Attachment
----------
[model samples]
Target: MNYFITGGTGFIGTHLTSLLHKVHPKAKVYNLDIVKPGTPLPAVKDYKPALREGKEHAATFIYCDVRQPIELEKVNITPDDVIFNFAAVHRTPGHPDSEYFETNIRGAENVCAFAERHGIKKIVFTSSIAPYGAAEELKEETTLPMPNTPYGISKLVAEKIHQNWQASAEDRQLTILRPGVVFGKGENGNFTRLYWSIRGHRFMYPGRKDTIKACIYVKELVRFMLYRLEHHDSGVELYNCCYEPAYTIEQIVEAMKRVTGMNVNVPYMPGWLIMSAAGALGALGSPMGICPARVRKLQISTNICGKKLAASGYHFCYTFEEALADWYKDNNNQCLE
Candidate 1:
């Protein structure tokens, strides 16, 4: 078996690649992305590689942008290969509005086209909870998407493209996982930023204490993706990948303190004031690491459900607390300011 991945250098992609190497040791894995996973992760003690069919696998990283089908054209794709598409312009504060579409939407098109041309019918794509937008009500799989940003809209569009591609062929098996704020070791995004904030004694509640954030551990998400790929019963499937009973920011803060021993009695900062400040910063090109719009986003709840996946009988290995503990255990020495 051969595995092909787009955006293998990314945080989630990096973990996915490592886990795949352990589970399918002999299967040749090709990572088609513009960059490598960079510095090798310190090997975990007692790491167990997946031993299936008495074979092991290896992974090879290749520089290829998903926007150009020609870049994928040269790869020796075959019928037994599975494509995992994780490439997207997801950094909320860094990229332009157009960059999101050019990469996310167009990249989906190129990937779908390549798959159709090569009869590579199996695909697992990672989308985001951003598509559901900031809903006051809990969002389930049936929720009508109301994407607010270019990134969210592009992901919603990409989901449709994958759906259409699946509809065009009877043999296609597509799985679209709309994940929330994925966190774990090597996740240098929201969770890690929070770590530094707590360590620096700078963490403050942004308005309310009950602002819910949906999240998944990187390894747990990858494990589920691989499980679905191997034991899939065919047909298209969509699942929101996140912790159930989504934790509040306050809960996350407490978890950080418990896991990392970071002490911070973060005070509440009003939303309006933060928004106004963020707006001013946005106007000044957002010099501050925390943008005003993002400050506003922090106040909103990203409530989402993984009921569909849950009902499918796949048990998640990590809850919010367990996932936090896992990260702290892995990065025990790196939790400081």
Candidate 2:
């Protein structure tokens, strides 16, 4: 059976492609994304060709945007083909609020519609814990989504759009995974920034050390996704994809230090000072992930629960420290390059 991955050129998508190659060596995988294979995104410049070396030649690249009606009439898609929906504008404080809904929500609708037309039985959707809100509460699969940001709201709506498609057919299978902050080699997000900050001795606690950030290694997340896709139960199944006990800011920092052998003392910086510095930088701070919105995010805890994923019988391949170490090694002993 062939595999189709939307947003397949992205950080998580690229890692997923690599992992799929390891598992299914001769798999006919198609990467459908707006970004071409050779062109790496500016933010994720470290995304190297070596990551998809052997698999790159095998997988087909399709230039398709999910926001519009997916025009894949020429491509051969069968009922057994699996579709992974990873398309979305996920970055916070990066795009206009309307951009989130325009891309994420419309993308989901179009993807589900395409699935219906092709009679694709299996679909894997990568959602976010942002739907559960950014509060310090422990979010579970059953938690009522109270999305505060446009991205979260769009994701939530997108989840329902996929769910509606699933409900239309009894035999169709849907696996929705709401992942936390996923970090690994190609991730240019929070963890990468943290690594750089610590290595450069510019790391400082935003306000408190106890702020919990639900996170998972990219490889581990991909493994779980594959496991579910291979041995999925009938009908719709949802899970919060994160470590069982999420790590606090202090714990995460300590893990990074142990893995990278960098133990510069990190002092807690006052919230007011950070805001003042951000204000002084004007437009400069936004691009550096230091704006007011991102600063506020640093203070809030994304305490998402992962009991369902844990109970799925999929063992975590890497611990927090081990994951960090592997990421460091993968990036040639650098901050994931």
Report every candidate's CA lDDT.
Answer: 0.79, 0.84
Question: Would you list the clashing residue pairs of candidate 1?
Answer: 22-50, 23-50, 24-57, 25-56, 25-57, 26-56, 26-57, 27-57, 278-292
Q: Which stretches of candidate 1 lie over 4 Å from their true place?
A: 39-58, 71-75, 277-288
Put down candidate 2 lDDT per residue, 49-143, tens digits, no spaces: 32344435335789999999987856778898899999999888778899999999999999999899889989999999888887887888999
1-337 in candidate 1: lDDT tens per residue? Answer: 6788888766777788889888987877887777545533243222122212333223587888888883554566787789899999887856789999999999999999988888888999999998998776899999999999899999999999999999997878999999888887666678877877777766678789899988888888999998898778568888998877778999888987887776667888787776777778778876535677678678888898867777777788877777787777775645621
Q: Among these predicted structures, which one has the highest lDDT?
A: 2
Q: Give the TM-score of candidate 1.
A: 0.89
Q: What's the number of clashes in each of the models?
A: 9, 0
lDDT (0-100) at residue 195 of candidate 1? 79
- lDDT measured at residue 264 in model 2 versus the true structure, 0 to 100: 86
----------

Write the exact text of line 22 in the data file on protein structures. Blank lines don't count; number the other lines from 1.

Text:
- lDDT measured at residue 264 in model 2 versus the true structure, 0 to 100: 86